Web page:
Sunday, January 25, 2004
Korean choir presents free KU concert
The Seoul Ladies Singers, one of Korea's premiere women's choirs, will perform at 3 p.m. Feb. 1 in the Kansas Union Ballroom.
Admission is free.
The performance, part of the group's 2004 North American tour, will include many traditional Korean songs.
The women also will spend a day with the KU Choirs, presenting a Korean music and dance workshop at 3:30 p.m. Feb. 2. A potluck dinner will be at 6 p.m. Feb. 2 at Ecumenical Christian Ministries, 1204 Oread Ave.
The performance is co-sponsored by the Kansas Asia Scholars, the KU Department of Music and Dance, the KU Department of East Asian Languages & Cultures, and the KU Office of International Programs.
For more information, call 864-3849.
River City Revue takes 'American Idol' flavor
The Seem-To-Be Players' annual benefit, River City Revue 2004, will be Saturday at Liberty Hall, 642 Mass.
This year's program, called "America's Most Idol," will begin at 7:30 p.m. with hors d'oeuvres, followed by an 8 p.m. curtain and a 9:30 p.m. dance.
Competing solo and group acts include The Improbables, the Dance Gallery "Adult" Tappers, Chuck Crossen, Kitty Steffens Mitchell, Emily Hamilton, Gabe Murphy, Julia Hardin, Kallie Campbell, Nathan Stammeyer, Glass Coffee Table, Mike Boring, Sara Bonner, Doug Weaver, Jeanne Averill and The Ric Averill "5."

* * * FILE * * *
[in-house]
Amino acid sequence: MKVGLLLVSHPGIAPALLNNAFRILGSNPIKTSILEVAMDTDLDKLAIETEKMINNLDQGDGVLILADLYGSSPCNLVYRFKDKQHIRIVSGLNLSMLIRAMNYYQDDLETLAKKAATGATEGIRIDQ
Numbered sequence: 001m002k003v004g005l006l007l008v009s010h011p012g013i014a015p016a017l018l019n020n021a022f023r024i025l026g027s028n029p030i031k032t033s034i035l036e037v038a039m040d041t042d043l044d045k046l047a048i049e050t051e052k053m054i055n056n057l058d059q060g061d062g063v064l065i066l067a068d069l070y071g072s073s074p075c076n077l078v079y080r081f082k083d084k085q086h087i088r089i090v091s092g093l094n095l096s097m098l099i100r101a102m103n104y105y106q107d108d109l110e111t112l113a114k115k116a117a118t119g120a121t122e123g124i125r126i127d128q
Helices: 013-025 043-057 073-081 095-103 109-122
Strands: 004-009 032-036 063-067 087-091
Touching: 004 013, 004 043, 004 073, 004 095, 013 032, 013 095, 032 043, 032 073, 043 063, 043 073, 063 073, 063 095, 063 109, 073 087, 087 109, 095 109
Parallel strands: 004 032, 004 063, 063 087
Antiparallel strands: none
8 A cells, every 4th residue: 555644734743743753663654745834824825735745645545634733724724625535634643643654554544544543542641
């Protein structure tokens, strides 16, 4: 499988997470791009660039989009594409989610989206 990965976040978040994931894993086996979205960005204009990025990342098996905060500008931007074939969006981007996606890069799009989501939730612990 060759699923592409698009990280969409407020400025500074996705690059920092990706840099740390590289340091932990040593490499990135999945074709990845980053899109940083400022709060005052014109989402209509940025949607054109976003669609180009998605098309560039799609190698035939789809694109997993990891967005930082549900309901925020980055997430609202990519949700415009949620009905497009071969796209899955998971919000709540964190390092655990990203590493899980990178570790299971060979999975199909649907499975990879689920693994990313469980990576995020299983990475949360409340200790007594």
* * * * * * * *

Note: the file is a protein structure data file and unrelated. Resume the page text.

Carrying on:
Tickets are $20 and may be purchased at the Liberty Hall; the Lawrence Arts Center, 940 N.H.; or Classic Gourmet, 3300 W. 15th St.
Lawrence High School to present 'Pygmalion'
Lawrence High School will stage George Bernard Shaw's "Pygmalion" at 7:30 p.m. Thursday through Saturday.
More than 25 actors will perform in Victorian costume with British accents.
The early 20th century play follows speech therapist Henry Higgins, who successfully transforms Liza Doolittle into a darling of high society.
It was later converted into "My Fair Lady." The play is under the direction of Kim O'Brien.
Admission is $3 for students, $5 for adults.
Souper Bowl event set for Saturday
The seventh annual Souper Bowl Saturday will begin at 11 a.m. Saturday at the Lawrence Arts Center, 940 N.H.
Local artists and businesses have donated more than 400 handmade ceramic bowls to sell for $10 each. Included in the price is a lunch of soup, bread and a drink.
Proceeds from the event support the arts center ceramics program, the area's only comprehensive ceramics studio open to the general public.
Souper Bowl Saturday is sponsored by Hy-Vee Food Stores, Great Harvest Bread Co., Bracker's Ceramics Supply, The Potter's Guild and local artists.
The event raised money for scholarships, equipment, materials and studio development.
Grant to support Spencer's Aaron Douglas exhibition
A $100,000 from the Henry Luce Foundation will support the Spencer Museum of Art's "Aaron Douglas and the Harlem Renaissance" exhibition and catalogue.
Organized by Susan Earle, the Spencer's curator of European and American art, the exhibition will be the first retrospective of Douglas' work. It's scheduled to open at the Spencer in March 2006 and then travel to three other museums.
The exhibition will include approximately 40 paintings and 25 works on paper by Topeka-born Aaron Douglas (1899-1979), who was, in the words of Alain Locke, "the father of Black American art."